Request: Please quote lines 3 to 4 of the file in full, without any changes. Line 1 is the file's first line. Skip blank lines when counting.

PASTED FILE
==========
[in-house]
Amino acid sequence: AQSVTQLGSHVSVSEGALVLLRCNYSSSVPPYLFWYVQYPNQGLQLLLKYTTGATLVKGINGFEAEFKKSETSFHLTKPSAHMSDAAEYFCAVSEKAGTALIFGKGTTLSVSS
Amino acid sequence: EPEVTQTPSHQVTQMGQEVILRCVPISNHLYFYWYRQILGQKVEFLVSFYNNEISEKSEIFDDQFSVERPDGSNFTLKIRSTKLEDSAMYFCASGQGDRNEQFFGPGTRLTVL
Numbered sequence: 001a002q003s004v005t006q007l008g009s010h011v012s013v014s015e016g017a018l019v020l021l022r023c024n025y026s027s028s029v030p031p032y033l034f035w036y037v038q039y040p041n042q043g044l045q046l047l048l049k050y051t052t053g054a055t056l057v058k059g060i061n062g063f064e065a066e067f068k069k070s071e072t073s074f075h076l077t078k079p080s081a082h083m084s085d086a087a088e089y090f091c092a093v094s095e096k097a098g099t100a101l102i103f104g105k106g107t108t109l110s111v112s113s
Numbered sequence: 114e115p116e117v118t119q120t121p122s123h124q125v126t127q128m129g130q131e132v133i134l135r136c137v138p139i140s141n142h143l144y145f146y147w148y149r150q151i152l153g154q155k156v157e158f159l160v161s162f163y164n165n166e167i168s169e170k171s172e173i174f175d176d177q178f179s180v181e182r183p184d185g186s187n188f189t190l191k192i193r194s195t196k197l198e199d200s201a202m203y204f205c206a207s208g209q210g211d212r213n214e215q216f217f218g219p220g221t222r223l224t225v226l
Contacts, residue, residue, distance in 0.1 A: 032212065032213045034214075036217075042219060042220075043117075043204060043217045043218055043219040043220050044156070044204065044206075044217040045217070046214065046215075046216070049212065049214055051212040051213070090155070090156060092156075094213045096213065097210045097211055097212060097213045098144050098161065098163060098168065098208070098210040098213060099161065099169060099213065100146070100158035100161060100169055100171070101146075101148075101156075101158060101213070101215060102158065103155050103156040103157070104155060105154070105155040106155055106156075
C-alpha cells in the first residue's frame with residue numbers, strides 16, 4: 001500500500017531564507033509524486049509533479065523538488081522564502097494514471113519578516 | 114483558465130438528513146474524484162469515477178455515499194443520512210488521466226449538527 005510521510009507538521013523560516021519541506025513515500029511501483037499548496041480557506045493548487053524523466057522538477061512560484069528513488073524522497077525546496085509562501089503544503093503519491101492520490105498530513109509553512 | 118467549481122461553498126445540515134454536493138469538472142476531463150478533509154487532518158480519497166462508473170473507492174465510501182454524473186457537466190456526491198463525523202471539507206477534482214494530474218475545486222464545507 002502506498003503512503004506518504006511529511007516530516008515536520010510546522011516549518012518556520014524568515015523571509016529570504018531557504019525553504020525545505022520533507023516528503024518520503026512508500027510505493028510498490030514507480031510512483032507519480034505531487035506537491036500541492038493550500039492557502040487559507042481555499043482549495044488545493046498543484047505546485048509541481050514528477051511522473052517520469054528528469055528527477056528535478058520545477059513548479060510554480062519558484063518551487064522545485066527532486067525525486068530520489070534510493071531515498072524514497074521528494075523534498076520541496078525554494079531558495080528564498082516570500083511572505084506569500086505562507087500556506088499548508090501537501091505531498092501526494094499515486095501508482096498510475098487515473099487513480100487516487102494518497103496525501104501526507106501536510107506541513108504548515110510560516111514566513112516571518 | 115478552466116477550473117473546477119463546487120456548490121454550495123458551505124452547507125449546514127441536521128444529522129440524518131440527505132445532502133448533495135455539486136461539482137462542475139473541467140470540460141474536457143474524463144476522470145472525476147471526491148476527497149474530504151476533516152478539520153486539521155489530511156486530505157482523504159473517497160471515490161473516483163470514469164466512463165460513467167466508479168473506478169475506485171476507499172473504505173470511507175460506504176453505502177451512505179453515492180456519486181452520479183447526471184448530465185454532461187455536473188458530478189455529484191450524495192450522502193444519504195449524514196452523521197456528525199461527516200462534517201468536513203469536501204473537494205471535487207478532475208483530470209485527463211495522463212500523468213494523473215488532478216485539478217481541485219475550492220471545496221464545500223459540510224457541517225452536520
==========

Amino acid sequence: EPEVTQTPSHQVTQMGQEVILRCVPISNHLYFYWYRQILGQKVEFLVSFYNNEISEKSEIFDDQFSVERPDGSNFTLKIRSTKLEDSAMYFCASGQGDRNEQFFGPGTRLTVL
Numbered sequence: 001a002q003s004v005t006q007l008g009s010h011v012s013v014s015e016g017a018l019v020l021l022r023c024n025y026s027s028s029v030p031p032y033l034f035w036y037v038q039y040p041n042q043g044l045q046l047l048l049k050y051t052t053g054a055t056l057v058k059g060i061n062g063f064e065a066e067f068k069k070s071e072t073s074f075h076l077t078k079p080s081a082h083m084s085d086a087a088e089y090f091c092a093v094s095e096k097a098g099t100a101l102i103f104g105k106g107t108t109l110s111v112s113s